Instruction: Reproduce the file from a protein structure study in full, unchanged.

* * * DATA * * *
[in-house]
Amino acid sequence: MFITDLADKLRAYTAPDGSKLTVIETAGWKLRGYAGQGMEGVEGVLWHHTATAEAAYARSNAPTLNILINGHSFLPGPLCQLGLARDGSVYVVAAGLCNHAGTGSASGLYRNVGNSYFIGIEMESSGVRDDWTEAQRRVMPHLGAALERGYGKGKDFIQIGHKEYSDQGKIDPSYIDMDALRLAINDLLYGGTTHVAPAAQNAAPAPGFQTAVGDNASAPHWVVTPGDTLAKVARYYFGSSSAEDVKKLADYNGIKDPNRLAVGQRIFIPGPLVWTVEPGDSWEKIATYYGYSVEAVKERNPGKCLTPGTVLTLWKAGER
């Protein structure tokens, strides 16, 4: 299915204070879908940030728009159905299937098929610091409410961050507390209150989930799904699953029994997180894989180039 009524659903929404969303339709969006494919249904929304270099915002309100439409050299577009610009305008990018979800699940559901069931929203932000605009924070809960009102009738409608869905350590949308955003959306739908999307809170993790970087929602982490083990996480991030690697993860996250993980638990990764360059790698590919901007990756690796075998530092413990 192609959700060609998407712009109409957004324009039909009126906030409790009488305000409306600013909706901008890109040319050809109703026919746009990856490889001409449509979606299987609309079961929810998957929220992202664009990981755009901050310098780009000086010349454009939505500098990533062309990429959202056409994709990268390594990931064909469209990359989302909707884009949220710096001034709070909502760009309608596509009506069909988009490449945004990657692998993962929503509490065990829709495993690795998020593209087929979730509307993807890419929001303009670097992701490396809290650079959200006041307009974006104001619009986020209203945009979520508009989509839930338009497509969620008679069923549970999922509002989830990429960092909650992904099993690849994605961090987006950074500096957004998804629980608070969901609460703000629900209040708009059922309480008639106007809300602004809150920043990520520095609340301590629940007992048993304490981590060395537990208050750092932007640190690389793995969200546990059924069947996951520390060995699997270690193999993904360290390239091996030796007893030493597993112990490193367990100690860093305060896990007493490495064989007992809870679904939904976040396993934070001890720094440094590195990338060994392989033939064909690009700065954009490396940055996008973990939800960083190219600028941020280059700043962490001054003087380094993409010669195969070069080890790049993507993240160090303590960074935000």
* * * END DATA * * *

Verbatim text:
[in-house]
Amino acid sequence: MFITDLADKLRAYTAPDGSKLTVIETAGWKLRGYAGQGMEGVEGVLWHHTATAEAAYARSNAPTLNILINGHSFLPGPLCQLGLARDGSVYVVAAGLCNHAGTGSASGLYRNVGNSYFIGIEMESSGVRDDWTEAQRRVMPHLGAALERGYGKGKDFIQIGHKEYSDQGKIDPSYIDMDALRLAINDLLYGGTTHVAPAAQNAAPAPGFQTAVGDNASAPHWVVTPGDTLAKVARYYFGSSSAEDVKKLADYNGIKDPNRLAVGQRIFIPGPLVWTVEPGDSWEKIATYYGYSVEAVKERNPGKCLTPGTVLTLWKAGER
């Protein structure tokens, strides 16, 4: 299915204070879908940030728009159905299937098929610091409410961050507390209150989930799904699953029994997180894989180039 009524659903929404969303339709969006494919249904929304270099915002309100439409050299577009610009305008990018979800699940559901069931929203932000605009924070809960009102009738409608869905350590949308955003959306739908999307809170993790970087929602982490083990996480991030690697993860996250993980638990990764360059790698590919901007990756690796075998530092413990 192609959700060609998407712009109409957004324009039909009126906030409790009488305000409306600013909706901008890109040319050809109703026919746009990856490889001409449509979606299987609309079961929810998957929220992202664009990981755009901050310098780009000086010349454009939505500098990533062309990429959202056409994709990268390594990931064909469209990359989302909707884009949220710096001034709070909502760009309608596509009506069909988009490449945004990657692998993962929503509490065990829709495993690795998020593209087929979730509307993807890419929001303009670097992701490396809290650079959200006041307009974006104001619009986020209203945009979520508009989509839930338009497509969620008679069923549970999922509002989830990429960092909650992904099993690849994605961090987006950074500096957004998804629980608070969901609460703000629900209040708009059922309480008639106007809300602004809150920043990520520095609340301590629940007992048993304490981590060395537990208050750092932007640190690389793995969200546990059924069947996951520390060995699997270690193999993904360290390239091996030796007893030493597993112990490193367990100690860093305060896990007493490495064989007992809870679904939904976040396993934070001890720094440094590195990338060994392989033939064909690009700065954009490396940055996008973990939800960083190219600028941020280059700043962490001054003087380094993409010669195969070069080890790049993507993240160090303590960074935000």